Secure Act: What You Need to Know

United States Capital

It appears that concern over the retirement readiness of American workers has reached a point where both Houses of Congress are poised to pass new legislation with broad bipartisan support.  The House version of the legislation is called the SECURE Act and has twenty-six individual components impacting either an employer’s ability to offer retirement benefits to its employees or an employee’s ability to save more easily and effectively for retirement.  Here is a quick summary of the more impactful provisions:

Employer related:

  • Multiple-Employer Plans (MEP’s)- Small employers are often discouraged from offering retirement plans due to the corresponding cost and administrative burden.  The SECURE Act expands on previous efforts to allow small employers to band together to form Multiple-Employer Plans thereby sharing costs and admin duties.  The act broadens and liberalizes the rules allowing small firms that do not share a common geographic area, trade, industry, or profession to join the MEP and insulates the individual members from liability stemming from fiduciary violations of other members.
  • Increased eligibility of long-term, part-time employees as plan participants by lowering the required hours from 1,000 per year to 500 per year for three consecutive years.
  • Increased business tax credit to offset the cost of new start-up retirement plans — up from a maximum of $500 to $5,000 under certain circumstances.
  • New business tax credit of $500 for 3 years for plans that offer auto enrollment for new hires.

Individual/Employee related:

  • Delayed Required Minimum Distributions (RMD’s) from 401k and other defined contribution plans. Currently, participants must begin taking these required distributions by age 70.5.  The act proposes an increase to age 72.

PLANNING IMPLICATION: this may allow individuals additional time to utilize ROTH conversions to take advantage of lower tax brackets before being required to start distributions.

  • Repeal of maximum age for traditional IRA contributions. This provision reflects the reality that many Americans continue to earn income beyond age 70.  These individuals could continue to make IRA contributions and these contributions could take a number of forms; pre-tax, spousal or non-deductible.

PLANNING IMPLICATION: additional flexibility to take advantage of tax strategies that will help those who continue to work past 70, even part-time workers.  This may be especially useful for high earners where one spouse has already retired.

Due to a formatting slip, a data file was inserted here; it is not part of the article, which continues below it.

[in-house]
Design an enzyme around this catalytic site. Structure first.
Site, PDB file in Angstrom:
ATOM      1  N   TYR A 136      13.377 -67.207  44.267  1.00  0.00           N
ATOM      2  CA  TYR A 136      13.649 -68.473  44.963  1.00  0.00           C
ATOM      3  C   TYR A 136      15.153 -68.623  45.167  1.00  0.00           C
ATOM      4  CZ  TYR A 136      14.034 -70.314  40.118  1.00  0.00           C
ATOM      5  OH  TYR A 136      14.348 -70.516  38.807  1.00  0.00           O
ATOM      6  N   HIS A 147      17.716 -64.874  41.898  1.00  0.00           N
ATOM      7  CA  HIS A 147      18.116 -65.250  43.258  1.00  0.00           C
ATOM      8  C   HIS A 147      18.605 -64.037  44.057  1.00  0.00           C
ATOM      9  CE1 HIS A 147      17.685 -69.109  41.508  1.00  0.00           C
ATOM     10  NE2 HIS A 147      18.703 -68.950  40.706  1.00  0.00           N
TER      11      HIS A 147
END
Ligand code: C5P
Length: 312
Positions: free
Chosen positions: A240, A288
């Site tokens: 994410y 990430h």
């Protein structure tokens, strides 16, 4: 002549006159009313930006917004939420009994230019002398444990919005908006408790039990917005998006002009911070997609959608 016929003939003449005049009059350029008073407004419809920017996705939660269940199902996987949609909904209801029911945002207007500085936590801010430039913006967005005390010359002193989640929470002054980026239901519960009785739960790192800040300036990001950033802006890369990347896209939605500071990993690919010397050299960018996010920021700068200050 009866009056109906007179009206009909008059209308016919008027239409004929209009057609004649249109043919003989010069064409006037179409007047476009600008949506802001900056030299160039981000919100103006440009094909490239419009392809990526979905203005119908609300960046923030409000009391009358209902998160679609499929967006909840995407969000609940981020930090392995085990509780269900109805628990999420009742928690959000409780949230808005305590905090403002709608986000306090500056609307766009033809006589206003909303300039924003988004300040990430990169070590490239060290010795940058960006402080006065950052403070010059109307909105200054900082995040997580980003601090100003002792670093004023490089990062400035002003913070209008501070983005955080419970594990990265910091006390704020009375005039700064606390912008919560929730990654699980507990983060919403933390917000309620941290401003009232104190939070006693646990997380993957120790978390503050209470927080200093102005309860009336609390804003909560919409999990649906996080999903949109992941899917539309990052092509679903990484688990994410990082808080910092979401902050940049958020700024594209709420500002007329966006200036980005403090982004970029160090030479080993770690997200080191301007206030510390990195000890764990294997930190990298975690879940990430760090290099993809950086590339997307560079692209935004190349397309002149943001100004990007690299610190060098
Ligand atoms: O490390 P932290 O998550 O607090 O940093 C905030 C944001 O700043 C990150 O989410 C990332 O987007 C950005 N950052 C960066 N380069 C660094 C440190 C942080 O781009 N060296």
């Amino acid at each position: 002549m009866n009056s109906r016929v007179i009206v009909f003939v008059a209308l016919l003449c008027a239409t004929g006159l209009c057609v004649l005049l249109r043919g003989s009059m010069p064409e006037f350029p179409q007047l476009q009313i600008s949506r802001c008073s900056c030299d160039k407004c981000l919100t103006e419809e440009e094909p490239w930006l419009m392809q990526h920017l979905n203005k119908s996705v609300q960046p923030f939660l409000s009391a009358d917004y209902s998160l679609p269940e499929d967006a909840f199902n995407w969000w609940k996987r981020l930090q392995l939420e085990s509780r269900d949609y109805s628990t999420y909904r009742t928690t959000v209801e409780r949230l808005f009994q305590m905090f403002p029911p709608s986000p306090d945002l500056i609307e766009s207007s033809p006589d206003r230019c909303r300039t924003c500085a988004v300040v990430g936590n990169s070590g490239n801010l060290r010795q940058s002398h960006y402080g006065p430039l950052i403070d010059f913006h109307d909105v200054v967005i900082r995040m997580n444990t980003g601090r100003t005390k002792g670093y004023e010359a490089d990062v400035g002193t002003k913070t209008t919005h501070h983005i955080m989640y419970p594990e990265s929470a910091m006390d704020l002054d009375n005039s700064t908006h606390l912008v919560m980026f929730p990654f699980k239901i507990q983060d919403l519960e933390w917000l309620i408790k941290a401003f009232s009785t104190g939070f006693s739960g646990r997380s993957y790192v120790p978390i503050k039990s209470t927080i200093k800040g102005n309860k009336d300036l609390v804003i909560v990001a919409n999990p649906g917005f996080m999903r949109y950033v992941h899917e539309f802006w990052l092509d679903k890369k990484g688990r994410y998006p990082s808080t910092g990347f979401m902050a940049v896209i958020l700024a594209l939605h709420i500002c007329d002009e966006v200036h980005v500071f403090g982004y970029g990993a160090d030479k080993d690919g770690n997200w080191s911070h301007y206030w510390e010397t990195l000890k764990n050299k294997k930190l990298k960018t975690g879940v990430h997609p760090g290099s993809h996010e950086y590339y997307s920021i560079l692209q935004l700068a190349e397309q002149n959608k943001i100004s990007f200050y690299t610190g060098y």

• Penalty-free withdrawals from retirement plans to help with the costs of giving birth or adopting, up to $5,000 within one year.
  • Stipends and non-tuition fellowship payments for graduate and postdoctoral students will be considered income for purposes of IRA contribution eligibility. This will allow these individuals to make tax-favored contributions for retirement.

PLANNING IMPLICATION: this is great news for those looking to save or take advantage of low earning years before being phased out of using such saving tools due to high income careers.

  • Expansion of 529 college savings plans. While not directly related to retirement savings, this provision would allow 529 plan funds to cover the costs associated with registered apprenticeships and homeschooling.  In addition, up to $10,000 could be used for the repayment of qualified student loans as well as private elementary, secondary and religious schools.
  • Modifications to Minimum Distribution Rules for retirement account beneficiaries: The proposal contains one major provision that may significantly impact non-spouse beneficiaries when inheriting pretax retirement accounts.  Under existing law, they can utilize a strategy often referred to as a stretch IRA.  Effectively, the beneficiary can stretch out the Required Minimum Distribution of the account over their remaining lifetime thereby minimizing the tax due.  Under the new law, non-spouse beneficiaries will have to distribute the entire balance by the end of the 10th calendar year following the death of the retirement account owner.

PLANNING IMPLICATION: the change to non-spouse beneficiary rules will have huge tax implications for those who inherit a traditional IRA.  There may be opportunities to pay less tax by accelerating Roth conversions while still alive depending on the beneficiary’s tax situation.  Generational tax planning will start to play a larger role for those with big IRAs.

If the law eventually passes, you should discuss the impacts with your financial advisor.  The final version of the law, after going through both houses of Congress could be different than the existing proposal.

Winfred Jacob, CFP®
Senior Financial Advisor


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